As I continue to grieve and heal from the far-reaching consequences of those days, it is my hope that a greater purpose will emerge from our pain over time.  I am among the very few women to survive the two leading causes of maternal mortality in the world!   I cannot stay silent when there is work to be done to help the others that will come along behind me.  And sadly, there will be others.  The first step is to bravely tell my story and then advocate so others can be survivors too.  Last year, I began what I call "survival traditions", which are annual acts of service on my trauma anniversaries to pay the incredible blessing of survival forward.  In June, I walked across the Brooklyn Bridge with the National Blood Clot Alliance to raise funds and awareness for blood clots and pulmonary embolism.  Then in October, I was eligible to donate blood for the first time since my hemorrhage emergency.  I rolled up my sleeve knowing that this small act of kindness isn't small at all when you consider that it allows families to go on and maybe even thrive again when their crisis is far enough behind them.  Walking and donating blood meant I was helping other families in the middle of their own nightmare and in turn it began to mend the utter brokenness left in the wake of my own.  There were tears in my eyes as I remembered but also because we had come so far during these harsh three hundred and sixty-five days.  I am battered but I survived.  Twice!  And I am confident that God will give beauty for these ashes. 

This January is National Blood Donor Month and I recently learned that the Red Cross issued an emergency call for blood and platelets.  I have seen their pleas for public assistance on social media during this blood shortage crisis and I can’t help but put my own experiences into it.  If there was a blood shortage during my hemorrhage emergency, I very likely may not be standing here typing.  If you have never donated blood before or haven’t done so in a while, I hope my story inspires you to start this month!  I understand there are many who wish to give blood but cannot due to medical conditions but the fact remains that most eligible donors do not give!  If you cannot give, please encourage your friends and family to give.  There is such a critical need for blood and as my experience indicates, you never know when you might need blood yourself.  To the active donors, I hope you think about the lasting impact you have on families just like mine.  Keep giving every 56 days!  While your recipients may never get the opportunity to thank you, I have no doubt that they would express their deepest gratitude if they could.  They are so grateful for your kindness and generosity because they know all too well that the blood running through their veins is not entirely their own anymore.  You are forever a part of them.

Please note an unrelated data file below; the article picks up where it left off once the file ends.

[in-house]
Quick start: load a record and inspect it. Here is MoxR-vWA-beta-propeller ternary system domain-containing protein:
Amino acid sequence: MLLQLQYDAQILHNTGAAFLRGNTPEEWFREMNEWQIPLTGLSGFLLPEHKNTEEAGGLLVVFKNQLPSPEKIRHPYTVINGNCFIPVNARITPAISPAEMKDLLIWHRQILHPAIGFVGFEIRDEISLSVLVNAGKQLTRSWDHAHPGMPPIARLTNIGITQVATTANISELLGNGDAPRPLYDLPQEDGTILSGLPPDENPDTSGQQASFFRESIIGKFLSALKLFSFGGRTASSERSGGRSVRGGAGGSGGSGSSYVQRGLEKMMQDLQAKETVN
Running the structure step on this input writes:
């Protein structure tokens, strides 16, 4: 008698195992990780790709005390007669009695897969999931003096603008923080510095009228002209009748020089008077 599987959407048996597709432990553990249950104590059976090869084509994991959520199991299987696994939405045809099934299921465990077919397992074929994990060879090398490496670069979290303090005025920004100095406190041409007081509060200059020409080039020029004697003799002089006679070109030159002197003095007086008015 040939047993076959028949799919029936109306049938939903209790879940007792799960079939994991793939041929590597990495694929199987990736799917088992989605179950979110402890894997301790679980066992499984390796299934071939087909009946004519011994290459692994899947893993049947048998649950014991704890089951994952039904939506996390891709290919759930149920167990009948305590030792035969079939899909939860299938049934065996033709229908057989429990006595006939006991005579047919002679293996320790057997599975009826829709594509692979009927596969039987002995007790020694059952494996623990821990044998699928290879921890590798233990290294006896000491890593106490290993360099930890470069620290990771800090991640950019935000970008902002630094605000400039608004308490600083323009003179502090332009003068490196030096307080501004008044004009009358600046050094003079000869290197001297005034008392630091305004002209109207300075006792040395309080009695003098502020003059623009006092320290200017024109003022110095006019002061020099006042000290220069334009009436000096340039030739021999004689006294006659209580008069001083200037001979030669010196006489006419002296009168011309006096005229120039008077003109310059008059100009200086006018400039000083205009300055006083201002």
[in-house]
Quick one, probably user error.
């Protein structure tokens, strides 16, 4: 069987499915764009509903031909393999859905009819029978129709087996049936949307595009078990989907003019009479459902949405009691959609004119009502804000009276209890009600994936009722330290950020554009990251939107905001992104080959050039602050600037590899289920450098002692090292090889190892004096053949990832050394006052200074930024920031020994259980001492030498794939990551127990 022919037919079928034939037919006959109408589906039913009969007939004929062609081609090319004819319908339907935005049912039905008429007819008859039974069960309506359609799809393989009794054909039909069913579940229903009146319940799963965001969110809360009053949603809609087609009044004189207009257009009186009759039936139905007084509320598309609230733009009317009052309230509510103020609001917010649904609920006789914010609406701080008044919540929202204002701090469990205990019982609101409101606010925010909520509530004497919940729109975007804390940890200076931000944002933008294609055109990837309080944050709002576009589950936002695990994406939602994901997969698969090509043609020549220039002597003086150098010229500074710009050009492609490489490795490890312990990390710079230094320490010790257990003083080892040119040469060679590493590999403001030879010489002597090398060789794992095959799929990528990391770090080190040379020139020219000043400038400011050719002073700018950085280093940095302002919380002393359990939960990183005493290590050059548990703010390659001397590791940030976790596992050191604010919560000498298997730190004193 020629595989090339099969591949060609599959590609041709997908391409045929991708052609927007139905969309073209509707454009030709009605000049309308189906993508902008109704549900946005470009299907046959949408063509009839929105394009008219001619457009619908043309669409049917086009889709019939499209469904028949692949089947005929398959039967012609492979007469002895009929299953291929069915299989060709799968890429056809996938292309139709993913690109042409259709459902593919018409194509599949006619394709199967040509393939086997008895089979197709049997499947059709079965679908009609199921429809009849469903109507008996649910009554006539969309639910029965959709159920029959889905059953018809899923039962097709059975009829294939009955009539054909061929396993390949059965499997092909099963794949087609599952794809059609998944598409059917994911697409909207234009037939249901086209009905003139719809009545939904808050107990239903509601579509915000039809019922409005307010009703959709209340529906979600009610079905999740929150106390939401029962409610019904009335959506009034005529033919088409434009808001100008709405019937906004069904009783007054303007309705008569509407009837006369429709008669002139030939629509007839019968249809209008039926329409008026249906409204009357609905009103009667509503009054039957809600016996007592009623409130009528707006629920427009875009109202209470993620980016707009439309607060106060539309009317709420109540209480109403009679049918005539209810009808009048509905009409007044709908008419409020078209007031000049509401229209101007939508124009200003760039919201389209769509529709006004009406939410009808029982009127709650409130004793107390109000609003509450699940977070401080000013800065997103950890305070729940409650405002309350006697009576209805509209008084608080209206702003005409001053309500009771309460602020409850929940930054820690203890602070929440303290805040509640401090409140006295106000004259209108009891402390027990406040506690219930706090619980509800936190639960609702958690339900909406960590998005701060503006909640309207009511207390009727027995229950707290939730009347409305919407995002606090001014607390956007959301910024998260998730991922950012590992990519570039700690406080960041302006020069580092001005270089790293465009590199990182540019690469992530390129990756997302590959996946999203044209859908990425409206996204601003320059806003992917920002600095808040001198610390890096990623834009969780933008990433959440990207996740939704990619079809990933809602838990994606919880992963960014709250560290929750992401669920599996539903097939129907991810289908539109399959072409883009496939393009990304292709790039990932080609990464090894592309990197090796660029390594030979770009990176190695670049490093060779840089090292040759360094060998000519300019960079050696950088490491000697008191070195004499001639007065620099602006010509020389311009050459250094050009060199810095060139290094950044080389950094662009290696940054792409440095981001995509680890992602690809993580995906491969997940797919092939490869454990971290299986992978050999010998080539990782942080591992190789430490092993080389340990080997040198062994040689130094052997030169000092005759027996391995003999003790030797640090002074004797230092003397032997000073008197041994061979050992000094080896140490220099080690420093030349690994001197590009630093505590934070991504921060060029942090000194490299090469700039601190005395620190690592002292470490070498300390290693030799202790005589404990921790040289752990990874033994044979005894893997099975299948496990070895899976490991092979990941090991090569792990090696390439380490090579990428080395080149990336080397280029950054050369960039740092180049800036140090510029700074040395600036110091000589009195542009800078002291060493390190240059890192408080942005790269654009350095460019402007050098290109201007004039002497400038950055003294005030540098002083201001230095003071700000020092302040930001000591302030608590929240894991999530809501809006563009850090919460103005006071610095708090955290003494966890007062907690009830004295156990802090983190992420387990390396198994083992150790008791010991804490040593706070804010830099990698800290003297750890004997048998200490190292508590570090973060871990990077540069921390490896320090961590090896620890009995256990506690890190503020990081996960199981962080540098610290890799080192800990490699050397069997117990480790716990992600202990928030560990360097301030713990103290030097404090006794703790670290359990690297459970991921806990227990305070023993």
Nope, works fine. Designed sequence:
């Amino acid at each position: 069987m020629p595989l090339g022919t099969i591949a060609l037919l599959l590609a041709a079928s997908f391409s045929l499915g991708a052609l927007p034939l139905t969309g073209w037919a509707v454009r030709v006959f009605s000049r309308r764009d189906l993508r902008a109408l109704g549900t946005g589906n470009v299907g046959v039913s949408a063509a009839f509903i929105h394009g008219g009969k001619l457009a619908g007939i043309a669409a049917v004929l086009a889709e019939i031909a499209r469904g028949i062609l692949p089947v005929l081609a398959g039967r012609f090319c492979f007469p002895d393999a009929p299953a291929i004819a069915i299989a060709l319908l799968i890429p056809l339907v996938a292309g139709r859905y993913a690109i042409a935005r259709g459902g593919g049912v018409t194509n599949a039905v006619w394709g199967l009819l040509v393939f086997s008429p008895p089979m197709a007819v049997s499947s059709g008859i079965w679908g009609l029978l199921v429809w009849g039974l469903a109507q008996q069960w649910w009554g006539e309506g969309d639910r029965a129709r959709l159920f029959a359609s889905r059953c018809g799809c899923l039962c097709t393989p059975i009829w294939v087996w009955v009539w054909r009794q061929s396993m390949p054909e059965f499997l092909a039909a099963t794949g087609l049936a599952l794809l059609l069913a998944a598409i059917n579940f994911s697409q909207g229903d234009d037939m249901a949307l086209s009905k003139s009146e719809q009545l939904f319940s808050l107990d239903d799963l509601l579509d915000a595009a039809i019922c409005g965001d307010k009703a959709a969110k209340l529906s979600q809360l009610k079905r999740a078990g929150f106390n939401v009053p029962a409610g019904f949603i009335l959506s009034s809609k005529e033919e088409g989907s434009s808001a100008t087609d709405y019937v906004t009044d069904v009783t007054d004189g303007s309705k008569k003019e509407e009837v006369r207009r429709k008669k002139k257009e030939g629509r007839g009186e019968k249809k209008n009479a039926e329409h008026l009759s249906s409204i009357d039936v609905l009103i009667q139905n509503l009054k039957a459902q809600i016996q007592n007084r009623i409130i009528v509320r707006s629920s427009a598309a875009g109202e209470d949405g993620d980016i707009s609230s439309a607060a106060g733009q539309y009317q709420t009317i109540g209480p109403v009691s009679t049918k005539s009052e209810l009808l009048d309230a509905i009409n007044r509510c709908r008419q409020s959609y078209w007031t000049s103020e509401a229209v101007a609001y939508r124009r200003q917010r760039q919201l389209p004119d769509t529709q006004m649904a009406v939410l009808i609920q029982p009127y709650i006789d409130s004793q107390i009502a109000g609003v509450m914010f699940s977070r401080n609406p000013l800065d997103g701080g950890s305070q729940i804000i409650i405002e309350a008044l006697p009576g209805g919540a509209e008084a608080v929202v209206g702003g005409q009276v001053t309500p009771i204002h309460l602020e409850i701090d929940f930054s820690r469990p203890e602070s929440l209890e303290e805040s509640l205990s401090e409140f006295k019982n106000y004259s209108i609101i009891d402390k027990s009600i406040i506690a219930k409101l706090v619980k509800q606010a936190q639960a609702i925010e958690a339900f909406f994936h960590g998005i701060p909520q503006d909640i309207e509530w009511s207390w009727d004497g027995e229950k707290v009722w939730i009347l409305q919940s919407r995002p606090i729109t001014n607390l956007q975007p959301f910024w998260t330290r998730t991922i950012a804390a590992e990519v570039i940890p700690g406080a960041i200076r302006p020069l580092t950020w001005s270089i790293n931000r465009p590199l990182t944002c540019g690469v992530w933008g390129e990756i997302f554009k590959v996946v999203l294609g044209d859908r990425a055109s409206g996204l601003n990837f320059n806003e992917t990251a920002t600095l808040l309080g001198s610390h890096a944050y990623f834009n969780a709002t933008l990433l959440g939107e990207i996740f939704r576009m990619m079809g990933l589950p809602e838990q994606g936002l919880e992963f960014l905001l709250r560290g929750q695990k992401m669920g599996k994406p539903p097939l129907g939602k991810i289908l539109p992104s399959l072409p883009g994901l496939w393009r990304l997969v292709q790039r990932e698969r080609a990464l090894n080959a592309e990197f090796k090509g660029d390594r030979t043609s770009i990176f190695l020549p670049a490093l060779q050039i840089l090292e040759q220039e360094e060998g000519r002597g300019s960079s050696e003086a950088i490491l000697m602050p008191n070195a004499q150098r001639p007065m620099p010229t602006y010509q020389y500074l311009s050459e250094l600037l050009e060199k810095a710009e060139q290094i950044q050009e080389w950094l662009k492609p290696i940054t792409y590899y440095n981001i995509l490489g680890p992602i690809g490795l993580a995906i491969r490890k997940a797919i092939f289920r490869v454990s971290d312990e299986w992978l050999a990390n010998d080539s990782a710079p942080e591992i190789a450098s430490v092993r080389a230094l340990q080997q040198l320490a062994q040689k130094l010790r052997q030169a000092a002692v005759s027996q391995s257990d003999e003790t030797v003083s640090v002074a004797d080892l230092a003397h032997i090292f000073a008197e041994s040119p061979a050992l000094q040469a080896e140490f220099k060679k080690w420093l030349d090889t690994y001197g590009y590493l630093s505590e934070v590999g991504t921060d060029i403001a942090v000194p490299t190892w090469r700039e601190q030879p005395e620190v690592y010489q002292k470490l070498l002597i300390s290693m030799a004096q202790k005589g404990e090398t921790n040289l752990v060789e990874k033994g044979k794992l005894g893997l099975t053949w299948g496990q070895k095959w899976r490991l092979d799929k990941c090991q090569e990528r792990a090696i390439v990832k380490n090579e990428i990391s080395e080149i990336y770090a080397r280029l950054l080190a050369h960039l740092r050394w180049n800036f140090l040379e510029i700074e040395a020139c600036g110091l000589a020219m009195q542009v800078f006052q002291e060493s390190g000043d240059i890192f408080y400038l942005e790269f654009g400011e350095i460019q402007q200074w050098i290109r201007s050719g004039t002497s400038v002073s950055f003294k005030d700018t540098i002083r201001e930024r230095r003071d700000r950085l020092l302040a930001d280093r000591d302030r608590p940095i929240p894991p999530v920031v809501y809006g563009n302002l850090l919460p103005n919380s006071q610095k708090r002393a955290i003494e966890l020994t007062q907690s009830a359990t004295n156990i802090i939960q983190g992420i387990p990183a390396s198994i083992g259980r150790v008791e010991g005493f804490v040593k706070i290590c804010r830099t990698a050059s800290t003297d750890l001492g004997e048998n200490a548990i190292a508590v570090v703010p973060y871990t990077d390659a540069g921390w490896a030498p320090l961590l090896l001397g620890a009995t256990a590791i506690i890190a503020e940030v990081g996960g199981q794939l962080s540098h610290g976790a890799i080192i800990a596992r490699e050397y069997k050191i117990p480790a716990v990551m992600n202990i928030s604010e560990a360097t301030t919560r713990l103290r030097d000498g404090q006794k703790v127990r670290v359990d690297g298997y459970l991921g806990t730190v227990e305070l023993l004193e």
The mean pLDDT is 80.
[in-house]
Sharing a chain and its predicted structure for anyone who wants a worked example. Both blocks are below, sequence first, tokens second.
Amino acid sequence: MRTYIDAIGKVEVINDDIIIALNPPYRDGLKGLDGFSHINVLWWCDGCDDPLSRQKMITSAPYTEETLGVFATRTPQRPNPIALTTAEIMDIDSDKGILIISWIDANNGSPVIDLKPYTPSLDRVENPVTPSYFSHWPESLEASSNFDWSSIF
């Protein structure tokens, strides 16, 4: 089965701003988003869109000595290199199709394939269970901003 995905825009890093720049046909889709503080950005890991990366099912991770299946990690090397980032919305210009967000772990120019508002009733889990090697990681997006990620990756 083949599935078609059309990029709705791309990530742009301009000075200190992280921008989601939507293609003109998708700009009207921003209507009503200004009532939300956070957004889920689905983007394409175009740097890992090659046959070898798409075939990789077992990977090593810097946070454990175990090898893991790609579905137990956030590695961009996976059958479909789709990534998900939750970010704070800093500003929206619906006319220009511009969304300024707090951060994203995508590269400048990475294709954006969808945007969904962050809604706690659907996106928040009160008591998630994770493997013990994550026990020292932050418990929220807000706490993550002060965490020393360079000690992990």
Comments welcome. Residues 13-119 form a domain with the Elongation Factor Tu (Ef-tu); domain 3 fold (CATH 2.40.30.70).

#GiveNow  #GiveBloodSaveLives

*Excerpts contained in this essay were used in a blood drive speech, November 2016.

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Images used with permission from the American Red Cross.  

About the Author: Casey Cattell struggled with infertility for more than a decade before giving birth to her son, Nathan, in 2015. She is a two time Maternal Near Miss Survivor writing to give hope to women in the midst of hardships that challenge their faith. She also enjoys sharing her latest creative exploits. Casey and her husband live in the Northeast, USA and in their downtime like to explore new places and hike with their young son. If you liked this post or were encouraged by it, please consider passing it on. Find Casey on Instagram and Twitter.